6. Continued austerity (a bad deal)

If Greece accepts the creditor’s demands it will be a bad outcome for all sides. The creditors insist on austerity and prioritising debt repayments over growth, as they have for the past five years. Continuing on this path will keep Greece impoverished and heavily indebted for the foreseeable future, and will bring further suffering and extremism. The creditors appear less concerned with fostering growth or ending the crisis, and more intent to prevent any country from going bankrupt in the Eurozone and then recovering. It’s Europe of debt servitude. The only good thing about this outcome is that it’s pacified. The empire wins, the rebels are crushed, and there’s an unhappy stability. Greece will still be broke and recurrent debt crisis will be the new normal.

7. Capital controls (like Cyprus)

One officially sponsored outcome that’s worse than austerity is what happened to Cyprus. people in Cyprus use a currency that’s called Euro and looks like the Euro, but a Euro in a Cypriot bank or in your pocket is worth less than a Euro in France or Germany because you can’t take it out of Cyprus. What happened to Cyprus is a remarkably cynical way to fracture a currency union and punish a state (for accepting the money of rich Russians) while claiming your shiny currency union is intact. After seeing the kindness of Europe, Cypriots probably wish they’d stayed a British possession.

8. Continued uncertainty

A marginally worse outcome is continuing the uncertainty that we’ve had since January. Since SYRIZA was elected, creditors have been refusing to roll over Greece’s debts and instead are asking Greece to pay them off as they come due. The ECB cut off one form of finance to Greek banks and is reviewing the other kind (ELA) on a regular basis, effectively inciting a bank run. It’s like the US Fed announcing that Michigan state banks could go belly-up any moment now. This strategy aims to damage Greece’s finances and banking system so that Greece will more easily pay its debts, presumably.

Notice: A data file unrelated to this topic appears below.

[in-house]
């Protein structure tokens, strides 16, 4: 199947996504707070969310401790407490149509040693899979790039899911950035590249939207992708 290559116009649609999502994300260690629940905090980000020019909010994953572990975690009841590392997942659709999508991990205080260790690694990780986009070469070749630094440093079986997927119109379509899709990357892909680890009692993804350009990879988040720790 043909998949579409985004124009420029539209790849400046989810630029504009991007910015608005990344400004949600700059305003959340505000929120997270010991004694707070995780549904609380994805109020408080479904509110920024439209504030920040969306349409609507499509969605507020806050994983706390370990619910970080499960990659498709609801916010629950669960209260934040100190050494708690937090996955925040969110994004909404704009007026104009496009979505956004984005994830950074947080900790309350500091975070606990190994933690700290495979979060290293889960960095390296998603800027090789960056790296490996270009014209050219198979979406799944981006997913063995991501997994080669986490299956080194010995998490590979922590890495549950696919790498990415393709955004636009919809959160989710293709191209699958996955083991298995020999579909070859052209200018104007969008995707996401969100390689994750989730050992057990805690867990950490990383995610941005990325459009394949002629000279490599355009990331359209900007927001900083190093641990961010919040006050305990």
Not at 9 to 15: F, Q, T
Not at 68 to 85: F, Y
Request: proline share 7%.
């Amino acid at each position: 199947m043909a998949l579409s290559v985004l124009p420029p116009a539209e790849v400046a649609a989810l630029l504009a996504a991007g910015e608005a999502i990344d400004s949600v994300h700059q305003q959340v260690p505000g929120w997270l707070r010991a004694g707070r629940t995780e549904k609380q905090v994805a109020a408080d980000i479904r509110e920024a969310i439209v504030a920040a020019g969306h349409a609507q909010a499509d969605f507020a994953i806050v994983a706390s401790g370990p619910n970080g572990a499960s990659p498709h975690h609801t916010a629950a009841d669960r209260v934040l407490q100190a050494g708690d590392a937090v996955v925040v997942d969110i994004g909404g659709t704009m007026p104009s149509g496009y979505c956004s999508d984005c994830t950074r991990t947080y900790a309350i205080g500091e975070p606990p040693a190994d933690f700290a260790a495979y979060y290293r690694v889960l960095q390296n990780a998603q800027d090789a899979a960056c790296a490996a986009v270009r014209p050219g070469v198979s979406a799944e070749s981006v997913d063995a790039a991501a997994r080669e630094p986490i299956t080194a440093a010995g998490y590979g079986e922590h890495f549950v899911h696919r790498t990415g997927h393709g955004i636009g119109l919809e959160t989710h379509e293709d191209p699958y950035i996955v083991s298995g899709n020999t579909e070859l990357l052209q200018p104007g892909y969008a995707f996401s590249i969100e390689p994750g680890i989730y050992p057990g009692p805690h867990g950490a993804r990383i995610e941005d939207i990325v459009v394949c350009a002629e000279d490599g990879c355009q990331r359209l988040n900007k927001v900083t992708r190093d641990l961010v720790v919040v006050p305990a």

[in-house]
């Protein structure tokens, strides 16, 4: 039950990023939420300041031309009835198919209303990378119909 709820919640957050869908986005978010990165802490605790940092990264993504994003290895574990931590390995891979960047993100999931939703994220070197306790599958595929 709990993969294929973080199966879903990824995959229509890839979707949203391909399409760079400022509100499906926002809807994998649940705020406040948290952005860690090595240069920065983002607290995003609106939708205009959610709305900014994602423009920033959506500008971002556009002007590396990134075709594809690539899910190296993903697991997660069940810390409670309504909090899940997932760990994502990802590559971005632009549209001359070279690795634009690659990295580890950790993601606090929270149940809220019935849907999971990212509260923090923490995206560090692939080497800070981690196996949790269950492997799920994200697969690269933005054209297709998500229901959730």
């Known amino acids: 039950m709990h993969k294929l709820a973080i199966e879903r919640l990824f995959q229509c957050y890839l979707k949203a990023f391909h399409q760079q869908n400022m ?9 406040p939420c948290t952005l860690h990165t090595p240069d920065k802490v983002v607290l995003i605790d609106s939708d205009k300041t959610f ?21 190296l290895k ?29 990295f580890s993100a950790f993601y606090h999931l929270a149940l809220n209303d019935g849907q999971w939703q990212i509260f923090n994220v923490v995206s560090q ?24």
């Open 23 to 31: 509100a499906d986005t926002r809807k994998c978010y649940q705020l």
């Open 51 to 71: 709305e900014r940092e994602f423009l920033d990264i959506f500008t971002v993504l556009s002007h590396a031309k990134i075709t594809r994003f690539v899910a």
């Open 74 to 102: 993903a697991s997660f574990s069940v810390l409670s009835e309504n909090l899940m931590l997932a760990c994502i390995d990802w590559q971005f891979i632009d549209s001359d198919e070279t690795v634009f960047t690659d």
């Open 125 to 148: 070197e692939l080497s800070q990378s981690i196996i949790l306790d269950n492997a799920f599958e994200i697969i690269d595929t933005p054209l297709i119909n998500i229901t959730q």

9. Leaving the EU

There’s much good in the EU besides an ill-conceived and damaging single currency system. For poor and troubled nations like Greece the EU brings stronger human rights, freedom to settle and work in any member state, and an open market which for ordinary people means freedom from profiteering of various sorts. The great achievement of the EU is that we can be in each other’s countries as citizens, not as barely tolerated guests. We put up with stupid bureaucratic rulings on bananas and cookies to retain this privilege. It is important not to throw the EU out with the Eurozone.

10. Political meltdown

The worst possible outcome for Greece is a disorderly collapse of SYRIZA and the rise of the nazi Golden Dawn party as “national savours”. Greece is closest to the abyss, but throughout Europe the social damage of the new order of austerity is fuelling far-right parties. In France, Le Pen is on the rise. In the UK, UKIP. It would be a sad legacy for Ms. Merkel, our de-facto European president to bring about the rise of fascism everywhere but in Germany.

As said, I think the best outcome currently within reach is number 4, leaving the Eurozone. Taking a bad deal, such as the creditors insist, is currently a worse outcome, and there are many worse ones. There are also better outcomes that would be possible. Currently, the three best outcomes for Europe are politically blocked by Germany.